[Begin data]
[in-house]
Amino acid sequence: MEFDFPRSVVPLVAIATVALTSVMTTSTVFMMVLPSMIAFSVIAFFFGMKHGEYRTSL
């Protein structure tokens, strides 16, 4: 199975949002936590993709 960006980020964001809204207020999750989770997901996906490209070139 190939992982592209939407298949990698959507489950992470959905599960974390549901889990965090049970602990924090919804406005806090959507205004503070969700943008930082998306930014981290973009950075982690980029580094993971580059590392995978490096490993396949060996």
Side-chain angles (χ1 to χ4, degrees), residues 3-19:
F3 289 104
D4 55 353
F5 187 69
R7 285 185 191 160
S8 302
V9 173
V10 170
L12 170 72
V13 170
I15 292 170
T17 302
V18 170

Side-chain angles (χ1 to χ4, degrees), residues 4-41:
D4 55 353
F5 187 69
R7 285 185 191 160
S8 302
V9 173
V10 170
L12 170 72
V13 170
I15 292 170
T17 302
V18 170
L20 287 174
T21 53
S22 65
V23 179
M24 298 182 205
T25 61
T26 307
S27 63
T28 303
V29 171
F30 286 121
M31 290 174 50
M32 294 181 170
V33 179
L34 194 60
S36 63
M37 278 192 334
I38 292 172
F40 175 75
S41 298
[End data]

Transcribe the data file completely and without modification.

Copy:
[in-house]
Amino acid sequence: MEFDFPRSVVPLVAIATVALTSVMTTSTVFMMVLPSMIAFSVIAFFFGMKHGEYRTSL
């Protein structure tokens, strides 16, 4: 199975949002936590993709 960006980020964001809204207020999750989770997901996906490209070139 190939992982592209939407298949990698959507489950992470959905599960974390549901889990965090049970602990924090919804406005806090959507205004503070969700943008930082998306930014981290973009950075982690980029580094993971580059590392995978490096490993396949060996």
Side-chain angles (χ1 to χ4, degrees), residues 3-19:
F3 289 104
D4 55 353
F5 187 69
R7 285 185 191 160
S8 302
V9 173
V10 170
L12 170 72
V13 170
I15 292 170
T17 302
V18 170

Side-chain angles (χ1 to χ4, degrees), residues 4-41:
D4 55 353
F5 187 69
R7 285 185 191 160
S8 302
V9 173
V10 170
L12 170 72
V13 170
I15 292 170
T17 302
V18 170
L20 287 174
T21 53
S22 65
V23 179
M24 298 182 205
T25 61
T26 307
S27 63
T28 303
V29 171
F30 286 121
M31 290 174 50
M32 294 181 170
V33 179
L34 194 60
S36 63
M37 278 192 334
I38 292 172
F40 175 75
S41 298